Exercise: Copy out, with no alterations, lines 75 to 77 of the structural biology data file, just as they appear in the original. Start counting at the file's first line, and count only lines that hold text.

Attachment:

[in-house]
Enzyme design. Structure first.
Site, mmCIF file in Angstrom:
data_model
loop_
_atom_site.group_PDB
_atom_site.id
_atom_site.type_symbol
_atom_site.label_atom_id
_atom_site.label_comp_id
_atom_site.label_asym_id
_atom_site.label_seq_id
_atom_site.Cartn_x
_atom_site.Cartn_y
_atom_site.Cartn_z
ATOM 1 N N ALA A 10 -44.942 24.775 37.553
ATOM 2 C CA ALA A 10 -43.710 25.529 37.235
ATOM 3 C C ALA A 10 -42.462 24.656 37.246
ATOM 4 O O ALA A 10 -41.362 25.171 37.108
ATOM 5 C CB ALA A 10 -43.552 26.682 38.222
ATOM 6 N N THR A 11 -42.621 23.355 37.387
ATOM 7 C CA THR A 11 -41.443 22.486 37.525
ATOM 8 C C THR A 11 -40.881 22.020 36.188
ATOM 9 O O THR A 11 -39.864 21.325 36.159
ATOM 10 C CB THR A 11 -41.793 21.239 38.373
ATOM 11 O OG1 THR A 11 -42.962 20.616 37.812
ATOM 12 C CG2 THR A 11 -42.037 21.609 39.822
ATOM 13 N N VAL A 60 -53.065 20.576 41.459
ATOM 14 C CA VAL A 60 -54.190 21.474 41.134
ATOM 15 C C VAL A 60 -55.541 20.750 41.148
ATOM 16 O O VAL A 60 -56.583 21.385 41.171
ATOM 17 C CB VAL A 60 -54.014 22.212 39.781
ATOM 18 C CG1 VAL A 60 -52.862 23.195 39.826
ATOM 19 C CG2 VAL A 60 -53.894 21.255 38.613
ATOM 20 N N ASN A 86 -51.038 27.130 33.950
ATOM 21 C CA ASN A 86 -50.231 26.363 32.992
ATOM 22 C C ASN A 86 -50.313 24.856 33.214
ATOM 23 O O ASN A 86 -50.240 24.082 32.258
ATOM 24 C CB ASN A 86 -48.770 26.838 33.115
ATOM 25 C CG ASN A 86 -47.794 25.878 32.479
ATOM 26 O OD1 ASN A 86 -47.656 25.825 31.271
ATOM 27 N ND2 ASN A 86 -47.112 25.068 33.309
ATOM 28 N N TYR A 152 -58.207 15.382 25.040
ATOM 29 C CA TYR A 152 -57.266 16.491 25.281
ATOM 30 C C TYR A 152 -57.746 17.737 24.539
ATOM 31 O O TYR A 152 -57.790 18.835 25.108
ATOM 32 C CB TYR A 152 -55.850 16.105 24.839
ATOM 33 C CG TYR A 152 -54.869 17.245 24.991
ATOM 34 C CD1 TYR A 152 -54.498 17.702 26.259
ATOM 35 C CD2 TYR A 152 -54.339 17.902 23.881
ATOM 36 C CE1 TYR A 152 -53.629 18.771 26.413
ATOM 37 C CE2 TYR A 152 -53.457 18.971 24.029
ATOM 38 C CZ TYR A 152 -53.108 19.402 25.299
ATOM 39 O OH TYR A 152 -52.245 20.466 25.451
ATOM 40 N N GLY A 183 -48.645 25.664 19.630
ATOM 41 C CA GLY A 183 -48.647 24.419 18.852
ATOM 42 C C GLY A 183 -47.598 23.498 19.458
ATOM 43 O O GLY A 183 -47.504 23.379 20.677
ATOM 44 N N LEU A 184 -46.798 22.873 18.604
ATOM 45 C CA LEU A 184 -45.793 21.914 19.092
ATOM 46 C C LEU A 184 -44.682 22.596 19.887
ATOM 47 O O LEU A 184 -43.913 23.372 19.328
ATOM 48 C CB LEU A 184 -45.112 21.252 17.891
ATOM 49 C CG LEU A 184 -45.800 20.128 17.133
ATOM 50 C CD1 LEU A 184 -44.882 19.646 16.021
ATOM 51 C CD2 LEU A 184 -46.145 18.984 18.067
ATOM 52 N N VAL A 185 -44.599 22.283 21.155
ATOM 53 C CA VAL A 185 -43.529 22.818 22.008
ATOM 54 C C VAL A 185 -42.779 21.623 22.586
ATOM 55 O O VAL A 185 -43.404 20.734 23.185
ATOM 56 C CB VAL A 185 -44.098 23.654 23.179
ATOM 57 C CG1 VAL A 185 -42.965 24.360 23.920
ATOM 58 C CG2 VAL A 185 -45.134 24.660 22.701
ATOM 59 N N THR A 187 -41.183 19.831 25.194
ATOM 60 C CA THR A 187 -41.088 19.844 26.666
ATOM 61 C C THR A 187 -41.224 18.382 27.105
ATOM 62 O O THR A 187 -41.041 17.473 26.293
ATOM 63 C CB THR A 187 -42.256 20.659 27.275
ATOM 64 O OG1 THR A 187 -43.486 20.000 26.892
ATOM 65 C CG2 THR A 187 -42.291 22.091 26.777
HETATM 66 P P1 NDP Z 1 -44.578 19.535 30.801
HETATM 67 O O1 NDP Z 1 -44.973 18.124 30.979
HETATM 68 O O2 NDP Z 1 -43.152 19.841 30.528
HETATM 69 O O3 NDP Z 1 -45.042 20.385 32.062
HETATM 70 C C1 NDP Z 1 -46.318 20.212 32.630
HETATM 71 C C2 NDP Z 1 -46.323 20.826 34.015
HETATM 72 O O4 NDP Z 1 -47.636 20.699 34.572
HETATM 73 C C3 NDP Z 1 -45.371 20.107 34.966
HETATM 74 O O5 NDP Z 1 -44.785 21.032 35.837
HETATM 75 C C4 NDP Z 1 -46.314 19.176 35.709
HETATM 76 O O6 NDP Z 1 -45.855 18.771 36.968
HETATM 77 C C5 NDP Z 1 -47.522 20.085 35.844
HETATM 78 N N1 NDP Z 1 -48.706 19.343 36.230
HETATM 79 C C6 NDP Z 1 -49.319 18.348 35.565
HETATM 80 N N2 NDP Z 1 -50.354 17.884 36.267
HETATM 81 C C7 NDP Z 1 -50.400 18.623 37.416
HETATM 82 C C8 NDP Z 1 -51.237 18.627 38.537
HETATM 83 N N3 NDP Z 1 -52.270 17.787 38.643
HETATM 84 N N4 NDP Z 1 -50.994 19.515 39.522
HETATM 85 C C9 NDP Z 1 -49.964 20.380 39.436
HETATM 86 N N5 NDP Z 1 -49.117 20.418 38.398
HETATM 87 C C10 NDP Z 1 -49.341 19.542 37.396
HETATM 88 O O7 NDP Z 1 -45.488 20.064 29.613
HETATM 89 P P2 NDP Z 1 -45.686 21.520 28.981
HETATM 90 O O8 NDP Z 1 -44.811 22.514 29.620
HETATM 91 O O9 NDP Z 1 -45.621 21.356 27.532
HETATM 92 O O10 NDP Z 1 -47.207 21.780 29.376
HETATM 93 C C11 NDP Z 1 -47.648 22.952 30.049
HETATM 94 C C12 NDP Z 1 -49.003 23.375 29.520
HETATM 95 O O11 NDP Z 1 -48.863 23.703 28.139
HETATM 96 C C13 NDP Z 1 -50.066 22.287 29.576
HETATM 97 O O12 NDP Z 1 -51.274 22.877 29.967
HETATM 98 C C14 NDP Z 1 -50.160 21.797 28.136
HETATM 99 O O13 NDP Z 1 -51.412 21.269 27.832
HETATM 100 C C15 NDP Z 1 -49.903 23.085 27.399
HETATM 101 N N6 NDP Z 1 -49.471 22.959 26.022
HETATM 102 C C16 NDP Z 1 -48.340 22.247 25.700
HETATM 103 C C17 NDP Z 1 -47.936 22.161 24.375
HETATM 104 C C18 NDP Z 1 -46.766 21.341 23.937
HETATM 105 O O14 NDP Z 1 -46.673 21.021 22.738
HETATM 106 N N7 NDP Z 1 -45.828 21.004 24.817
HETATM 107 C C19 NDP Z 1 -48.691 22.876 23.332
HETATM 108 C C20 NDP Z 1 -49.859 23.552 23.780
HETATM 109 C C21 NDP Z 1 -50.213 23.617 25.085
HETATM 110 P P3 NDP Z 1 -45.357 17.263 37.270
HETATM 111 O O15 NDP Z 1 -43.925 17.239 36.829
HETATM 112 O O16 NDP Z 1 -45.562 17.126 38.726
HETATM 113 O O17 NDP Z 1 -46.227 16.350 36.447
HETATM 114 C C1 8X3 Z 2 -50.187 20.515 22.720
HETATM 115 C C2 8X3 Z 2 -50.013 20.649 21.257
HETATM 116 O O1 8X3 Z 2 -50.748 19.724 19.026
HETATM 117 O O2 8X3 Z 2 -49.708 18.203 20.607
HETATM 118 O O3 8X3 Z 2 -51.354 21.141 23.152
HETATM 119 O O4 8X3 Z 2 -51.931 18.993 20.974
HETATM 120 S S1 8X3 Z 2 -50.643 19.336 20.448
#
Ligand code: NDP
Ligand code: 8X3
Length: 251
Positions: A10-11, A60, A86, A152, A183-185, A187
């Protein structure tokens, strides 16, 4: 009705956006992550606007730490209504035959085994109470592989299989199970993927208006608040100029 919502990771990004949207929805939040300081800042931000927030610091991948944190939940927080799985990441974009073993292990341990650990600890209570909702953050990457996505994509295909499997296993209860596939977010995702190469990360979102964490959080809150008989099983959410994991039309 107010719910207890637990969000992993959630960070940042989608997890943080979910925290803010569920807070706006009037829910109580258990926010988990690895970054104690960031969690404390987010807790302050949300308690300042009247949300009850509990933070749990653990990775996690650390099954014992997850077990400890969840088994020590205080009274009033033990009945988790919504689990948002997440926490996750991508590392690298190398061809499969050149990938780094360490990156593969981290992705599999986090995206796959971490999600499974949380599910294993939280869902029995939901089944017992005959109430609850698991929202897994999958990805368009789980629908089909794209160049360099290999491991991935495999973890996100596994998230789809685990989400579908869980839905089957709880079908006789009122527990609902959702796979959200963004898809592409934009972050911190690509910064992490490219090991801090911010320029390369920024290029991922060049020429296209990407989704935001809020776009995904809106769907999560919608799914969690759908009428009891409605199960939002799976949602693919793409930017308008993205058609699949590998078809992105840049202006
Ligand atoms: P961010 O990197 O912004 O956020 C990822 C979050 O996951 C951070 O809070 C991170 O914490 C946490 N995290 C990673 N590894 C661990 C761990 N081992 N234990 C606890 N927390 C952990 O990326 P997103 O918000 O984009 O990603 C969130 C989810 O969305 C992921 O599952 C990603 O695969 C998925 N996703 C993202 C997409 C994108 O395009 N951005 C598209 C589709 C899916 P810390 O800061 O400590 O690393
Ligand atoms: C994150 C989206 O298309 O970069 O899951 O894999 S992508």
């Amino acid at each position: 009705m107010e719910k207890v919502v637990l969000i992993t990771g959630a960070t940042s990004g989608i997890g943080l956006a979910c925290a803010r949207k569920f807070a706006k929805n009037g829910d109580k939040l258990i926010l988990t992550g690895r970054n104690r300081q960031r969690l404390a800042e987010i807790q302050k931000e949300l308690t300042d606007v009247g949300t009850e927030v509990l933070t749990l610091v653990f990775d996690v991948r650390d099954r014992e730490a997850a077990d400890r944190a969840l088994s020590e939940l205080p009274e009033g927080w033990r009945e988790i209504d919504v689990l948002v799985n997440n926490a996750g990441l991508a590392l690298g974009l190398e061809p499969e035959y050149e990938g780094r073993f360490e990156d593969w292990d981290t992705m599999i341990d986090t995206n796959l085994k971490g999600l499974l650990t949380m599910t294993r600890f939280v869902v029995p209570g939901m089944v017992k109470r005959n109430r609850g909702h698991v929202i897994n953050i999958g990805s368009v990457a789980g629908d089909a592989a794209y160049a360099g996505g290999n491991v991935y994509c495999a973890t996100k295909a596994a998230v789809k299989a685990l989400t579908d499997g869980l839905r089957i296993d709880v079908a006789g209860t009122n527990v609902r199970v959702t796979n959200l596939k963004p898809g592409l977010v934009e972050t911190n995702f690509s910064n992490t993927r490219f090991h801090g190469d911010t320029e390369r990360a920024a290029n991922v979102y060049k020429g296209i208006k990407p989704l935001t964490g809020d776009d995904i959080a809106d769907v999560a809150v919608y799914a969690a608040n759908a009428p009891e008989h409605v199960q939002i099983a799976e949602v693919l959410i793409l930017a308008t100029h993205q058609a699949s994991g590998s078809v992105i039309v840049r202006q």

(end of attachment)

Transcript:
ATOM 60 C CA THR A 187 -41.088 19.844 26.666
ATOM 61 C C THR A 187 -41.224 18.382 27.105
ATOM 62 O O THR A 187 -41.041 17.473 26.293